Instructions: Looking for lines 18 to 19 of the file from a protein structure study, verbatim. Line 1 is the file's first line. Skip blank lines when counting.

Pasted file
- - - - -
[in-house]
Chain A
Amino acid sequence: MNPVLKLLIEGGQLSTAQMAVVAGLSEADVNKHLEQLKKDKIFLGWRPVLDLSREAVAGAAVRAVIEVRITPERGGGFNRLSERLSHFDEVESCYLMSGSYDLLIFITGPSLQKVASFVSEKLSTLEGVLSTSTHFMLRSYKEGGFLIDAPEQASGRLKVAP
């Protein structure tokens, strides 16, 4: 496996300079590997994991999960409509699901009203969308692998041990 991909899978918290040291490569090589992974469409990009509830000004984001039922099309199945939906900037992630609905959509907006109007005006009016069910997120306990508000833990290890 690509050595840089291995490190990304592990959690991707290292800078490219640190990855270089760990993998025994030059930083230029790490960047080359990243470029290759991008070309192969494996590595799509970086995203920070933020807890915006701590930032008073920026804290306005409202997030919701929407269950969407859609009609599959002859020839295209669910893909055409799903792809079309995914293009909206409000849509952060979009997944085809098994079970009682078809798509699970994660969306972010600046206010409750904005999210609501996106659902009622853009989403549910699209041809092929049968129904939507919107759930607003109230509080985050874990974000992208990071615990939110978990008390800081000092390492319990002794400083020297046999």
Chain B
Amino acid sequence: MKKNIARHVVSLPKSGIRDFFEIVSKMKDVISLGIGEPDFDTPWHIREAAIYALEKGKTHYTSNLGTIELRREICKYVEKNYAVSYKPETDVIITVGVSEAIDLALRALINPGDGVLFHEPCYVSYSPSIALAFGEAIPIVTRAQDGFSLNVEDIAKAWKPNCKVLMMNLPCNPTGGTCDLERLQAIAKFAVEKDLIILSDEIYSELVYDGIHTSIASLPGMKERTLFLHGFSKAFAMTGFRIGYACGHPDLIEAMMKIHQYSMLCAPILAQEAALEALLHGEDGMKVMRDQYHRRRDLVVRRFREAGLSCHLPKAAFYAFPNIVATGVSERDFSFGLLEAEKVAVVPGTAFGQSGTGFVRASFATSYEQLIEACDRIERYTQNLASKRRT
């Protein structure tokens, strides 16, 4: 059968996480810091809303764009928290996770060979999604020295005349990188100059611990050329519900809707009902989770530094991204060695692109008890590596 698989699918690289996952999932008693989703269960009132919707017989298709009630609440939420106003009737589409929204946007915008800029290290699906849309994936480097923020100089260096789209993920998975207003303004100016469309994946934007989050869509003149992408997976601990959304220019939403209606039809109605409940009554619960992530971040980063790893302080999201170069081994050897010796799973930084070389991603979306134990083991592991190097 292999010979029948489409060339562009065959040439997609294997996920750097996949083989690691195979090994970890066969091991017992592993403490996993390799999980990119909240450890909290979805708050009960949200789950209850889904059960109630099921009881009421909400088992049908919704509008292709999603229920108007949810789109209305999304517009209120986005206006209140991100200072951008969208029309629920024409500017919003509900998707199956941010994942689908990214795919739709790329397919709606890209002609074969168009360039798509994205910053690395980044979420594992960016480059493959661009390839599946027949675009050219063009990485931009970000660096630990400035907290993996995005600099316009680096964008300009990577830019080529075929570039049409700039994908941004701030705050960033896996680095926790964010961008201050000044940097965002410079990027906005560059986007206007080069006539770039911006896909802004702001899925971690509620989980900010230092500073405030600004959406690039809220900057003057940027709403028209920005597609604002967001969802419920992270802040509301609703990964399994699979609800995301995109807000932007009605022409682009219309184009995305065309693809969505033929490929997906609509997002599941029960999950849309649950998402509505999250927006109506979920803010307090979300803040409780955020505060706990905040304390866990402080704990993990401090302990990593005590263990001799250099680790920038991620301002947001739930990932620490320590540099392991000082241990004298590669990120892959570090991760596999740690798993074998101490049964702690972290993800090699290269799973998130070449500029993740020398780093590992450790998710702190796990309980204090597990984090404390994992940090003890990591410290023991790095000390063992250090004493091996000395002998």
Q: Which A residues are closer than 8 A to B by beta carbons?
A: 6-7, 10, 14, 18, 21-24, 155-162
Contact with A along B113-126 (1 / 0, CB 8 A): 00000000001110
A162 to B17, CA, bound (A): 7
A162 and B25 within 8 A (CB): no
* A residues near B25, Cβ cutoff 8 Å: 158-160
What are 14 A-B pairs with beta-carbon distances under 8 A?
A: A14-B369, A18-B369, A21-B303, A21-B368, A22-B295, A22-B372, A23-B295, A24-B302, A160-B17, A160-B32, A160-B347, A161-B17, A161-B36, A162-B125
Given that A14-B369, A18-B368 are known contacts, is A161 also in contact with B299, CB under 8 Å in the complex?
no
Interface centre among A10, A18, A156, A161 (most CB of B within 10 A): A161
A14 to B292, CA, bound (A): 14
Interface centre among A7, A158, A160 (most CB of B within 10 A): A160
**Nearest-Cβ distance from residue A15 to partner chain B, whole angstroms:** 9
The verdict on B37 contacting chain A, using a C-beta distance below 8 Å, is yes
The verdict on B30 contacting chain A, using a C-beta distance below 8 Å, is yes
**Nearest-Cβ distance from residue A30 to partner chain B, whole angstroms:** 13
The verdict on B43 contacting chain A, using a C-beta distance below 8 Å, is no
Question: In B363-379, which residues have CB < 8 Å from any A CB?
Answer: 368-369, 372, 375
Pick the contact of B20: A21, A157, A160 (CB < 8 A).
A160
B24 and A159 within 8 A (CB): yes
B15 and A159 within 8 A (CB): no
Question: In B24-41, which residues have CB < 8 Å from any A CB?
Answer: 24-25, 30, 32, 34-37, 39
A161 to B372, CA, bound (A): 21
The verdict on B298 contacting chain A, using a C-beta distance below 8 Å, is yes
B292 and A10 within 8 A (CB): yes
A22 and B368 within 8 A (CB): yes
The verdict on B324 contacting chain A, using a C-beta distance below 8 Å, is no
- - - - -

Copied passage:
Interface centre among A10, A18, A156, A161 (most CB of B within 10 A): A161
A14 to B292, CA, bound (A): 14